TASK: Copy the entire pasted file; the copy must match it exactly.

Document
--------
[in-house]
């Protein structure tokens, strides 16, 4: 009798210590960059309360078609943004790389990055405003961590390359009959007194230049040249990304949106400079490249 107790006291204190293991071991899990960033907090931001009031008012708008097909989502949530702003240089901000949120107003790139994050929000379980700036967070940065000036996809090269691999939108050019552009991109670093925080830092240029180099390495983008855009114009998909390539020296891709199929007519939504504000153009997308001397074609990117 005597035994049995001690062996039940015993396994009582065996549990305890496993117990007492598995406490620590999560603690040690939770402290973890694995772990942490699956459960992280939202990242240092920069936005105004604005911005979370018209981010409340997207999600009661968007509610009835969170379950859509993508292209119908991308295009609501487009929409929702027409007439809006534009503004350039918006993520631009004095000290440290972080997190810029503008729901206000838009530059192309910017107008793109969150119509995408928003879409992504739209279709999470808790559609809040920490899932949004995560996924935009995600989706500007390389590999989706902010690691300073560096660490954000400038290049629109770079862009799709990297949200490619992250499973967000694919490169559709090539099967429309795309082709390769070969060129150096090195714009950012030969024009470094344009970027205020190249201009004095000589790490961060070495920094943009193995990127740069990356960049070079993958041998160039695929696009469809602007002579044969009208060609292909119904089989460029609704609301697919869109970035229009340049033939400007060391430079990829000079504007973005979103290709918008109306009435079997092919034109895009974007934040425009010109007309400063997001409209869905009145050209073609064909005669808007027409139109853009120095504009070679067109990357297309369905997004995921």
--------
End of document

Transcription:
[in-house]
């Protein structure tokens, strides 16, 4: 009798210590960059309360078609943004790389990055405003961590390359009959007194230049040249990304949106400079490249 107790006291204190293991071991899990960033907090931001009031008012708008097909989502949530702003240089901000949120107003790139994050929000379980700036967070940065000036996809090269691999939108050019552009991109670093925080830092240029180099390495983008855009114009998909390539020296891709199929007519939504504000153009997308001397074609990117 005597035994049995001690062996039940015993396994009582065996549990305890496993117990007492598995406490620590999560603690040690939770402290973890694995772990942490699956459960992280939202990242240092920069936005105004604005911005979370018209981010409340997207999600009661968007509610009835969170379950859509993508292209119908991308295009609501487009929409929702027409007439809006534009503004350039918006993520631009004095000290440290972080997190810029503008729901206000838009530059192309910017107008793109969150119509995408928003879409992504739209279709999470808790559609809040920490899932949004995560996924935009995600989706500007390389590999989706902010690691300073560096660490954000400038290049629109770079862009799709990297949200490619992250499973967000694919490169559709090539099967429309795309082709390769070969060129150096090195714009950012030969024009470094344009970027205020190249201009004095000589790490961060070495920094943009193995990127740069990356960049070079993958041998160039695929696009469809602007002579044969009208060609292909119904089989460029609704609301697919869109970035229009340049033939400007060391430079990829000079504007973005979103290709918008109306009435079997092919034109895009974007934040425009010109007309400063997001409209869905009145050209073609064909005669808007027409139109853009120095504009070679067109990357297309369905997004995921």